Diamonds are forever but ozone is a girl’s best friend
Inventor and entrepreneur Carl Nicholson has revealed details of a new technology which promises to revolutionise the way we combat both global warming and ozone layer depletion in one device. Called RAM for “Reverse Armageddon Machine”, the device extracts carbon dioxide from the atmosphere and converts it into diamonds and ozone using solar energy alone. The massively negative carbon footprint of the prototype is mooted to be forty kilograms of carbon removed per megawatt-hour of solar energy, producing four million dollars worth of industrial quality diamonds and over a hundred kilogrammes of eighty percent pure ozone (the other twenty percent being oxygen) every day.
This highly guarded secret will be made public when trials finish next year and he applies for worldwide patents. In the meantime Nicholson says he is working on refinements which will allow the percentage of ozone to be varied from zero to one hundred percent. Sources close to him also suggest that he is on the verge of using the device to produce gem quality diamonds. He won’t comment on this, but it is understood at the moment that this is a much slower and less cost-effective process. He says he is more interested in a deal with the airlines to deliver ozone to depleted areas of the planet and is prepared to use some of the profits from the diamonds to achieve this. He is already in talks with Richard Branston of Maiden Atlantic and Michael O’Flaherty of Bryan Air.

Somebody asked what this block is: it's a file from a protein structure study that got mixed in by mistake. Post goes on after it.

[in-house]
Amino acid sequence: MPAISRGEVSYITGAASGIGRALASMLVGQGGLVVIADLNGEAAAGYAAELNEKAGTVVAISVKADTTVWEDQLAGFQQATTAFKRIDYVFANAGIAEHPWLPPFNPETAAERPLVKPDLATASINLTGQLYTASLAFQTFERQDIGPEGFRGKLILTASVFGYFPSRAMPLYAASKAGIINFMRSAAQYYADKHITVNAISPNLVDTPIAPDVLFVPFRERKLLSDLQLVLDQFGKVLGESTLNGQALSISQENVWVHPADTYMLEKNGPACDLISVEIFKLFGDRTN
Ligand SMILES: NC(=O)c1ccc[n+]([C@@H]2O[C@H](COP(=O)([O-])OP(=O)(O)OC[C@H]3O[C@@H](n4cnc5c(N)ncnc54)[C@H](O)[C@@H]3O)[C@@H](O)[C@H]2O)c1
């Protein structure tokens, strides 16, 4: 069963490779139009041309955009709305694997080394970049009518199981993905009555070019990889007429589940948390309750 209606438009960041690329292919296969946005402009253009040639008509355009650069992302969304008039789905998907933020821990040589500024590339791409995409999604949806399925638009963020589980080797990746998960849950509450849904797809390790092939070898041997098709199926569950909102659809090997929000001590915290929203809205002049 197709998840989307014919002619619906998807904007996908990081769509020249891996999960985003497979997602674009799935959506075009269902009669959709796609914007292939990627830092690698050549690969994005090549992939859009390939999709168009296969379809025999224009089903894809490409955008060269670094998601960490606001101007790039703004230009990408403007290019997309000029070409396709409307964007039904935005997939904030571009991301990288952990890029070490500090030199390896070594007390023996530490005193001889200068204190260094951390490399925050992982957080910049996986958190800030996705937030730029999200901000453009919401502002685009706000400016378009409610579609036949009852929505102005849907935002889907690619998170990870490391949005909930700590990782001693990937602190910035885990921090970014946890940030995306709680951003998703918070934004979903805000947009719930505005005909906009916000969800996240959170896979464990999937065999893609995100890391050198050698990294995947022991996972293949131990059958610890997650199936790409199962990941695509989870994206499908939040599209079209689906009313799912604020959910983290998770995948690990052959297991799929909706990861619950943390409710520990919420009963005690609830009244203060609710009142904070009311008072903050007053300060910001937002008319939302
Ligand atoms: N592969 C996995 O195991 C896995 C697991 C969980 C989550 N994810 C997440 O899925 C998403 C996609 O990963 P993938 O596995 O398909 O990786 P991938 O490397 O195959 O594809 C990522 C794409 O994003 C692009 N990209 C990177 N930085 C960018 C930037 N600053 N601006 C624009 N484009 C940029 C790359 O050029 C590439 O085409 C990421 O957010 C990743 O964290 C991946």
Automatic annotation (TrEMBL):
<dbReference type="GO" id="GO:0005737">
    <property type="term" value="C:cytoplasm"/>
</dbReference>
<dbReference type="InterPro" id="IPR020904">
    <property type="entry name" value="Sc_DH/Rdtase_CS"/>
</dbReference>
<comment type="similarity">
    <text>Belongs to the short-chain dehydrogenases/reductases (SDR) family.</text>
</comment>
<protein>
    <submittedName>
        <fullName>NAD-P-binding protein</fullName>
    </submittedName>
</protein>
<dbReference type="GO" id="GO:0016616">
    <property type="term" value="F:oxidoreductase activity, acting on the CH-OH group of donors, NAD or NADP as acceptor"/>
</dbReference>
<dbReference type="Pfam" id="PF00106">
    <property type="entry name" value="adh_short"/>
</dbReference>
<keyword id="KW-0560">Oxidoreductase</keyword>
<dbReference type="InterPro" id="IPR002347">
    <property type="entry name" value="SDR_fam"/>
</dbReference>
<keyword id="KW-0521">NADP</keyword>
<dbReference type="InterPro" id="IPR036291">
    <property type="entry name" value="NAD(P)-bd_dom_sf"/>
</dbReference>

So, is this the philosopher’s stone or the cold fusion of global warming? We asked a few top people in the field what they knew and thought about Nicholson’s claims for RAM. Scientists at MIT, Oregon were sceptical. They say they’ve been working on a similar device, but the ozone yield is much lower and they haven’t been able to produce diamonds at all. They doubt it is possible to create the pressures needed to produce diamonds using the kind of technology the RAM team describes. They are also doubtful about the performance of the catalysts used to convert oxygen to ozone and vice versa. Professor Alan Bentall, of the Cambridge School of Mines said “This is a load of hype to raise the share price before selling out to some diamond mining company.” and went on to add “On the other hand, if there is anything in it [RAM] then it is a serious threat to the diamond industry and worth a great deal of money. I don’t think he [Carl Nicholson] knows the kind of people he is dealing with.” The jury is still out on what Nicholson will do if the technology actually works, but now the Pandora’s box is well and truly open it is only a matter of time before something serious happens.